Wu Wei: The Foundation to Systems Thinking and the Game of Life

If ever forced to choose one philosophy, Taoism seems like a rad path to wander.

One of my favorite Tao parables is about a farmer.

Alan Watts spins a nice esoteric yarn… [hat tip Kottke]

Once upon a time, there was a Chinese farmer who lost a horse. Ran away. And all the neighbors came ‘round that evening and said, “that’s too bad.”

And he said, “maybe.”

The next day, the horse came back and brought seven wild horses with it. And all the neighbors came around and said, “that’s great, isn’t it?”

And he said, “maybe.”

The point, according to Watts’ interpretation of Lao Tzu’s teachings, is “to try to live in such a way that nothing is either an advantage or a disadvantage”.

The whole process of nature is an integrated process of immense complexity, and it’s really impossible to tell whether anything that happens in it is good or bad, because you never know what will be the consequence of the misfortune. Or you never know what will be the consequences of good fortune.

[Hat tip Medium]

Making the most of whatever comes your way. Flexible. Accommodating. A level of emotional intelligence to remove labels – no good, no bad. Taking responsibility to maintain the flow of the every day, every moment.

Much easier said than done.

The simple always is.

The Tao refers to this idea as Wu Wei – literally, the art of non-action, or non-doing.

The Tao, like life, is a paradox.  How do you “do” nothing?

The Wu Wei of the farmer is a great model.

Brue Lee offers another metaphor – “Be like water, my friend.” [Hat tip BrainPickings]

“Be like water making its way through cracks. Do not be assertive, but adjust to the object, and you shall find a way around or through it. If nothing within you stays rigid, outward things will disclose themselves.

Empty your mind, be formless. Shapeless, like water. If you put water into a cup, it becomes the cup. You put water into a bottle and it becomes the bottle. You put it in a teapot, it becomes the teapot. Now, water can flow or it can crash. Be water, my friend.” ~Bruce Lee

I’m tempted to share a personal example. Yet, better left undone.

We ALL live so many examples of Wu Wei every day. Every moment is an opportunity.

If the Game of Life is won with happiness, Wu Wei keeps a smile on your face.

If systems are designed to maximize success, Wu Wei leverages available strengths.

I like this description by Stuart Wilde – find your middle way…

Aligning to nature and its softness is the middle way. It involves no struggle, or confrontation, you can act coherently in life, but you do not need to force your way along, as the emotion of that often pushes things away from you. It’s like the Zen philosophy, it’s a solid calm, it’s the way of love and the path of least resistance. The Tao is full of love because it respects animals and nature, and other humans, also in the calm of the middle way you can communicate more clearly with yourself, aware of your feelings and intuition.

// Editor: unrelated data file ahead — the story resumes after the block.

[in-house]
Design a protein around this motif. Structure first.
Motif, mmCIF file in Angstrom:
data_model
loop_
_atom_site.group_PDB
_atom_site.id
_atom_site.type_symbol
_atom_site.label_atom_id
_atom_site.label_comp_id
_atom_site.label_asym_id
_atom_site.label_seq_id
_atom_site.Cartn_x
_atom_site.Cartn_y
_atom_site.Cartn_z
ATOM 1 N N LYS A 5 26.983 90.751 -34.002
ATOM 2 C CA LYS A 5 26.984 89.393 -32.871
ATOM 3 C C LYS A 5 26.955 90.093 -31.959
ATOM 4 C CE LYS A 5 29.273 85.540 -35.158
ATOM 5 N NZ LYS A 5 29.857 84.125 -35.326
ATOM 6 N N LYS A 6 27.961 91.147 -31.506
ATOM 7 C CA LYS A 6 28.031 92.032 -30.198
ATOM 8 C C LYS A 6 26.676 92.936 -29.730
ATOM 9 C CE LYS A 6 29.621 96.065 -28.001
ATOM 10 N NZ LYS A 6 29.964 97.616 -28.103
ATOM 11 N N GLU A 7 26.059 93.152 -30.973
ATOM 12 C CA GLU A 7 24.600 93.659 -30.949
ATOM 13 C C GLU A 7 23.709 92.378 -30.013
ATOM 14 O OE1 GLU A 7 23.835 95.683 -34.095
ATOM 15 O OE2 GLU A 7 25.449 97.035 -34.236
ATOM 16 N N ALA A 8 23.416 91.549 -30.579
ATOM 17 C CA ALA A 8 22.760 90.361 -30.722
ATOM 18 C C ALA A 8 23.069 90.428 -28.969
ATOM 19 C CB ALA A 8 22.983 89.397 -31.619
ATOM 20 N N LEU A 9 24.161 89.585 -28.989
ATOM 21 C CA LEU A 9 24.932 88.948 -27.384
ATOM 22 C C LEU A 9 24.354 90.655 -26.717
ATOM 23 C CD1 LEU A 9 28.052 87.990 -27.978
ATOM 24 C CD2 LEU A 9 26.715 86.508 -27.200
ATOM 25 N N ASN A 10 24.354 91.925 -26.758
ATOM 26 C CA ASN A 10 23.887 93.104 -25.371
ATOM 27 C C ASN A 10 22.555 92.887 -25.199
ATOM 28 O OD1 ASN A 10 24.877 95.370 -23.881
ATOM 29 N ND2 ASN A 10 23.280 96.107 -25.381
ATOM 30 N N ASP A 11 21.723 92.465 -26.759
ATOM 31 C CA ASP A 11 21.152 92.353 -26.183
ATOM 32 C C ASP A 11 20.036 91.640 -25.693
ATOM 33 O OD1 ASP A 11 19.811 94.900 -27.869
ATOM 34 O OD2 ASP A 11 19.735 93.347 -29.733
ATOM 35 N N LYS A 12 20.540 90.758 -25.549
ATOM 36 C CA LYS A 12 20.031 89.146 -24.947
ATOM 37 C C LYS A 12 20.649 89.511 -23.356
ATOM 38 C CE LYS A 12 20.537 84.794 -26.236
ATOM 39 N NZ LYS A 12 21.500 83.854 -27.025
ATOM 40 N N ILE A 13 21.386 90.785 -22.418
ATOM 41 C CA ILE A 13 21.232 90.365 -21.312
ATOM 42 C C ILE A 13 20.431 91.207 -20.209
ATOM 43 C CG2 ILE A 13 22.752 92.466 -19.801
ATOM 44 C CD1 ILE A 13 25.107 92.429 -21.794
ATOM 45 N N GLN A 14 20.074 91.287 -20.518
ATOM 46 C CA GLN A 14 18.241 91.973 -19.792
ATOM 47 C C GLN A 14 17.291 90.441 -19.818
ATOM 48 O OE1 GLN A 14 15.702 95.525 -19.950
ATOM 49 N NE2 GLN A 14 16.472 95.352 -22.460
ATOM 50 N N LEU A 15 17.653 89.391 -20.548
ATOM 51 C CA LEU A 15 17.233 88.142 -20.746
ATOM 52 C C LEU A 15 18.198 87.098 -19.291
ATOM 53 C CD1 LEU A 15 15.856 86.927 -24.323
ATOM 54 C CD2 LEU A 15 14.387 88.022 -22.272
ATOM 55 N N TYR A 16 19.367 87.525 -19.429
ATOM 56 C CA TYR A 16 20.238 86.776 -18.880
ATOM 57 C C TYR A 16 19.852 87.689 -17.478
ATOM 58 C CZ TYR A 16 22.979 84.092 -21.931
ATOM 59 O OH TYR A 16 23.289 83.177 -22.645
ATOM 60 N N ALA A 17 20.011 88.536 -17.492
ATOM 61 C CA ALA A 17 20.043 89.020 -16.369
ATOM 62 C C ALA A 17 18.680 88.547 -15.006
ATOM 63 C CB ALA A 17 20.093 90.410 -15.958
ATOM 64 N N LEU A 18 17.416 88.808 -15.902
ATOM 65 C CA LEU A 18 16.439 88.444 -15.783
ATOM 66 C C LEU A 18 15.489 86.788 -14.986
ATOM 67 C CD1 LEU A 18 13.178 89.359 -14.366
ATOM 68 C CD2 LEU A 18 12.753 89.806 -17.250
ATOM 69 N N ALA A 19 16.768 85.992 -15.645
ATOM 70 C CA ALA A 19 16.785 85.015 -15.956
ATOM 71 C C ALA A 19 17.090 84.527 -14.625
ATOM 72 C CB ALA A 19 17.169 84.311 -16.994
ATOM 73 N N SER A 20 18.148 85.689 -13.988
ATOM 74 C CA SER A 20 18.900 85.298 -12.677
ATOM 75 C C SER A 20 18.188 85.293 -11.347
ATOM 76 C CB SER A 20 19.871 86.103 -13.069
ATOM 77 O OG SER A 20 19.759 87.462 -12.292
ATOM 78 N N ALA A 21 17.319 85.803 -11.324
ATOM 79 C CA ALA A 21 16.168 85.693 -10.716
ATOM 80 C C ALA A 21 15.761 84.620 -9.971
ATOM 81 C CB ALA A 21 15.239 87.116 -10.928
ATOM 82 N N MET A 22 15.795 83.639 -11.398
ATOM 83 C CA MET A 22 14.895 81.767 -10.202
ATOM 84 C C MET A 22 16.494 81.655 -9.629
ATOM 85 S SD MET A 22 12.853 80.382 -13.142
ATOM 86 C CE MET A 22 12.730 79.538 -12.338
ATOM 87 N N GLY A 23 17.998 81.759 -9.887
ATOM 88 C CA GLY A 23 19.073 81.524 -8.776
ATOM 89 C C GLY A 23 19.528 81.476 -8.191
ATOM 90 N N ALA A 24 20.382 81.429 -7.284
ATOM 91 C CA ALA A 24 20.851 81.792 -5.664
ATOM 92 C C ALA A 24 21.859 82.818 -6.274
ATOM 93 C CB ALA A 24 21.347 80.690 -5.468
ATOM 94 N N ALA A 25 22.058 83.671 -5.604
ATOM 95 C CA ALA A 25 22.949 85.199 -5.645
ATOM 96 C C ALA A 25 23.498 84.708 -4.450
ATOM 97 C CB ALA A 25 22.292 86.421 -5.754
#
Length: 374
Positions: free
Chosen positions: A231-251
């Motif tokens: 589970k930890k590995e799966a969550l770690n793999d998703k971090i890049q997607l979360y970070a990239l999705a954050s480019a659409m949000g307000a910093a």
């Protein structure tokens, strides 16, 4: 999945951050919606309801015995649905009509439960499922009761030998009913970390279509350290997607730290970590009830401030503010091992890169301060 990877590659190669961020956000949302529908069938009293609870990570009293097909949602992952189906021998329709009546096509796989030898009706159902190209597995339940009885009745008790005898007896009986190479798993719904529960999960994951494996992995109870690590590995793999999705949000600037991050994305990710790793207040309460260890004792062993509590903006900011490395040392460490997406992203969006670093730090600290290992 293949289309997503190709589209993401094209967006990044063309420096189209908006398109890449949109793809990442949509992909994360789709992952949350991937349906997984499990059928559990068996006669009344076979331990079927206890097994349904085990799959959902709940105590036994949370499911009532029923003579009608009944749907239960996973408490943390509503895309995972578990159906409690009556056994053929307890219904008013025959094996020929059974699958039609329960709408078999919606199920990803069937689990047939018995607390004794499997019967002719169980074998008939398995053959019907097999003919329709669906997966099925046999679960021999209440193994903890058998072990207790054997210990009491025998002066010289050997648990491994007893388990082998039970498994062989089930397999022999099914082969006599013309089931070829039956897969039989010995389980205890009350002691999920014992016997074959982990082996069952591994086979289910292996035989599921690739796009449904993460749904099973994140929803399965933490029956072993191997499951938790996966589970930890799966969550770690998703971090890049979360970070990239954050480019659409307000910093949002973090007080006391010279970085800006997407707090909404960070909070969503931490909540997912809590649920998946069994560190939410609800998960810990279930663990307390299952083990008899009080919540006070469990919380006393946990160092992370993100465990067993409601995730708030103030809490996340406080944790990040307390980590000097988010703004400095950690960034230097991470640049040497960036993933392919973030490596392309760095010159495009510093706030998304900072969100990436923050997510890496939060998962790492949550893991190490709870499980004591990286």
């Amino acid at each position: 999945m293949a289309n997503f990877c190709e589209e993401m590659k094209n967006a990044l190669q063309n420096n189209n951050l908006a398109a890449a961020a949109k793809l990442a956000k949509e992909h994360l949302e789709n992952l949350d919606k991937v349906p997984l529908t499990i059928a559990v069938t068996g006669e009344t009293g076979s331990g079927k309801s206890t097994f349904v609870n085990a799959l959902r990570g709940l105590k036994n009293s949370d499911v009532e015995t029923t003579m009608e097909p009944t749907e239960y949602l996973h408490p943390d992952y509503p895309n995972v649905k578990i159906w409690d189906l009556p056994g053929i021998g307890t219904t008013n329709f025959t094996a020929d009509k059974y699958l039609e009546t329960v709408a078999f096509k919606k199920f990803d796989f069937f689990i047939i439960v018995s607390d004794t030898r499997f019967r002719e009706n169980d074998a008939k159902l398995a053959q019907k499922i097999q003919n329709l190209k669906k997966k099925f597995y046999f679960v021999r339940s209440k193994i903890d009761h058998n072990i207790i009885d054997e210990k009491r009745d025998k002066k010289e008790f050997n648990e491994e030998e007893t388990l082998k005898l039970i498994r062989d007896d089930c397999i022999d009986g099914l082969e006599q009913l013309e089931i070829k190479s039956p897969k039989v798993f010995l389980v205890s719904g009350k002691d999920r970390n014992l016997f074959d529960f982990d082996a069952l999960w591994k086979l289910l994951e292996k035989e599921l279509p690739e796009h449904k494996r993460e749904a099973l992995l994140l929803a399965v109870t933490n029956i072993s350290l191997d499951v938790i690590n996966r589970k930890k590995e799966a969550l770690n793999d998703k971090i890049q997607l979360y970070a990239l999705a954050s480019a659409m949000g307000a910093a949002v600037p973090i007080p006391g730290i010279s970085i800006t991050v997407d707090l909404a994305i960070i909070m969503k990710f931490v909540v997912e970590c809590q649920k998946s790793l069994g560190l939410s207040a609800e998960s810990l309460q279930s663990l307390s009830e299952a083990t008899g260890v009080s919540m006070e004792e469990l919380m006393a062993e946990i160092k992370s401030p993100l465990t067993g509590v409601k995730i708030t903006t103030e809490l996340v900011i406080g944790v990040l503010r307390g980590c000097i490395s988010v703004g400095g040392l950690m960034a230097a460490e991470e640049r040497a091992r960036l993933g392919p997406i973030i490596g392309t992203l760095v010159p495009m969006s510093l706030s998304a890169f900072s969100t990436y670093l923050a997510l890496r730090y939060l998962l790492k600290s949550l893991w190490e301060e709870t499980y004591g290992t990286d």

Related Posts:

If Life is a Game, Then You Make the Rules [Leverage the Compounding Effect of Consistency to Accomplish Great Things]

consistencyThis seems like a good post to kick of the New Year.

I recently shared the idea that it may be helpful to think of life as a game: The Tao of Tetris. A quick sum…

  • Use your resources wisely
  • You compete against yourself
  • Life moves fast
  • Play in the present

I’ve enjoyed this perspective. It’s allowed me to seek opportunities to improve, but not take life, and myself, too seriously.

That balance between improvement and enjoyment is a tight line to traverse. Erring on the side of fun seems the wise choice, and games are meant to be enjoyed. Good match.

Your gaming strategy becomes the art of improvement. Your systems are your daily practice. The practice is the set of rules we choose to live by.

The daily routines, rituals, and habits. The consistency that accomplishes great things.

This is not an invitation to make promises we won’t keep. It’s an opportunity to make daily progress, keep score against yourself and enjoy the process.

Where to start? Gather info, make a plan, get to work.

Take what you can from others, but this is your life, your time, your skills. You are unique. Build your unique game.

I’ve kept the eye on the interwebs and located some ideas to kick us off.

There are more great ideas to be found. But no need to wait. Now is the time. Simple. Actionable.

Mindset

The greatest tool at our disposal is the right attitude. Open. Creative. Excited.

Inflexibility breaks. Flow creates.

In my humble opinion, meditation may be the best training ground to build the right attitude muscle.

Ryan Holiday shared a post about the great power of greeting it all with a smile – awesome story about Jack Johnson…the boxer, not surfer/singer.

The world is going to try to knock us down. We will face unfairness, animus, even evil. How will we respond? With anger? With rage? By letting it get to us?

No. We should instead respond with the excitement and smile of a Jack Johnson.

Personal Rules Lead to Great Things

Every game starts with a set of rules. A framework to build the game.

Understand the rules so we know how to bend them. Know the standard so we can exceed expectations.

Rules may seem limiting, but personal rules offer freedom. The freedom to simplify and clarify.

Reduce decision points. Stop negotiating with yourself. Know your clear direction.

Your personal rules lead to power, independence.

Kaizen Method

A strong overarching strategy is 1% progress, daily. The Kaizen Method.

Leverage the compounding effect of daily progress.

It applies to all aspects of life, and you can tackle many habits at once. Simply ask…